Compare any two graphics cards:
GeForce GTX 660 Ti vs Radeon HD 5850
IntroThe GeForce GTX 660 Ti makes use of a 28 nm design. nVidia has clocked the core frequency at 915 MHz. The GDDR5 RAM runs at a speed of 1500 MHz on this specific model. It features 1344 SPUs along with 112 Texture Address Units and 24 ROPs.
Compare those specs to the Radeon HD 5850, which features a clock speed of 725 MHz and a GDDR5 memory frequency of 1000 MHz. It also uses a 256-bit memory bus, and uses a 40 nm design. It is comprised of 1440(288x5) SPUs, 72 TAUs, and 32 Raster Operation Units.
(No game benchmarks for this combination yet.)
Power Usage and Theoretical Benchmarks
Power Consumption (Max TDP)
Theoretically speaking, the GeForce GTX 660 Ti should be just a bit faster than the Radeon HD 5850 overall. (explain)
Texel RateThe GeForce GTX 660 Ti is quite a bit (approximately 96%) better at anisotropic filtering than the Radeon HD 5850. (explain)
Pixel RateThe Radeon HD 5850 should be a little bit (about 6%) more effective at FSAA than the GeForce GTX 660 Ti, and also will be capable of handling higher screen resolutions more effectively. (explain)
Please note that the above 'benchmarks' are all just theoretical - the results were calculated based on the card's specifications, and real-world performance may (and probably will) vary at least a bit.
Please note that the price comparisons are based on search keywords - sometimes it might show cards with very similar names that are not exactly the same as the one chosen in the comparison. We do try to filter out the wrong results as best we can, though.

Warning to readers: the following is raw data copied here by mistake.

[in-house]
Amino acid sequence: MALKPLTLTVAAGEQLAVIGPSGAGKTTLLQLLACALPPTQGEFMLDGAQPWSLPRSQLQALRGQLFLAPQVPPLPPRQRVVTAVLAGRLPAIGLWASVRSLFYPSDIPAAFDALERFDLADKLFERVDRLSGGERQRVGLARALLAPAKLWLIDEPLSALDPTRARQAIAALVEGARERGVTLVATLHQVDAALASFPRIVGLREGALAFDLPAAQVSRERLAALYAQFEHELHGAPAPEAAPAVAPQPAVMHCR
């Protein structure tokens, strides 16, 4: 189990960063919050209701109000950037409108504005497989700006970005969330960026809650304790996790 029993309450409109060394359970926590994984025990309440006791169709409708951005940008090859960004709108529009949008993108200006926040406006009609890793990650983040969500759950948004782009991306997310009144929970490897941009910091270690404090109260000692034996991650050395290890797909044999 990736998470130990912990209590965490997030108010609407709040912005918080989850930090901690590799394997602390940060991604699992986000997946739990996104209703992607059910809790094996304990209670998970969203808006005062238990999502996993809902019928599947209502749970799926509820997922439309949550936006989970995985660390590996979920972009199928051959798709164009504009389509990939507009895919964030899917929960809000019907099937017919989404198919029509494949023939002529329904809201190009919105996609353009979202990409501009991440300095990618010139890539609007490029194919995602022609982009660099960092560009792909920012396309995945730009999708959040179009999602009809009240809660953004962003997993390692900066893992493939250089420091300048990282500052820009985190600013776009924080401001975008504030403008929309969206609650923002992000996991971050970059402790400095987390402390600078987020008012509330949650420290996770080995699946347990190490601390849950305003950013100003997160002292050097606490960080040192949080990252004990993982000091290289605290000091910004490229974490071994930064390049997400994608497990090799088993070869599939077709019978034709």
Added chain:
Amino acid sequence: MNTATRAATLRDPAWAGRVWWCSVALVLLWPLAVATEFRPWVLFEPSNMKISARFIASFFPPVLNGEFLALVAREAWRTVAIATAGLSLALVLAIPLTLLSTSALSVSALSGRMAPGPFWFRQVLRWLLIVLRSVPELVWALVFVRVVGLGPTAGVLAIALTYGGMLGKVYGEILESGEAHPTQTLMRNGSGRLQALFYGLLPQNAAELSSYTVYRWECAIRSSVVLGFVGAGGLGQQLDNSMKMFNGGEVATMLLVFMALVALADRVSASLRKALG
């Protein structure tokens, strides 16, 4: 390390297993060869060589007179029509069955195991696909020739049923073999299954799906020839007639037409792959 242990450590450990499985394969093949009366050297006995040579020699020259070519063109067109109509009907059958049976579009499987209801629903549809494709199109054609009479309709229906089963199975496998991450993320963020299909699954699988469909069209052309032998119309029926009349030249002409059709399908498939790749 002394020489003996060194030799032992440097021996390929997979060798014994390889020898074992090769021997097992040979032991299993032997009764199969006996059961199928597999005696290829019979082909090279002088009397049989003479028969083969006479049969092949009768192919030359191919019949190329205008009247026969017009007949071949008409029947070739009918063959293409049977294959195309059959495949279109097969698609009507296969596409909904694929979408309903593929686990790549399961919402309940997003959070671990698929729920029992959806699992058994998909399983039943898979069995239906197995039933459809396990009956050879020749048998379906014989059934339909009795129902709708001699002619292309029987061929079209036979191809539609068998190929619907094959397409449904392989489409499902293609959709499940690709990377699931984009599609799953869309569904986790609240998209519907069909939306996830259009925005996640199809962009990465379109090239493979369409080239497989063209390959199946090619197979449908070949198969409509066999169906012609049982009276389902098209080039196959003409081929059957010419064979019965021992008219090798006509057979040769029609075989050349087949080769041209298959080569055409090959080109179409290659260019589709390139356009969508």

Memory Bandwidth: Memory bandwidth is the maximum amount of data (measured in MB per second) that can be transported past the external memory interface in one second. It's worked out by multiplying the card's bus width by its memory speed. In the case of DDR RAM, it should be multiplied by 2 once again. If it uses DDR5, multiply by 4 instead. The higher the bandwidth is, the better the card will be in general. It especially helps with AA, High Dynamic Range and high resolutions.
Texel Rate: Texel rate is the maximum number of texture map elements (texels) that are processed per second. This figure is calculated by multiplying the total amount of texture units of the card by the core clock speed of the chip. The higher the texel rate, the better the card will be at handling texture filtering (anisotropic filtering - AF). It is measured in millions of texels applied in one second.
Pixel Rate: Pixel rate is the most pixels the video card can possibly write to the local memory in one second - measured in millions of pixels per second. Pixel rate is calculated by multiplying the amount of Raster Operations Pipelines by the the card's clock speed. ROPs (Raster Operations Pipelines - aka Render Output Units) are responsible for outputting the pixels (image) to the screen. The actual pixel output rate is also dependant on many other factors, especially the memory bandwidth of the card - the lower the memory bandwidth is, the lower the potential to reach the maximum fill rate.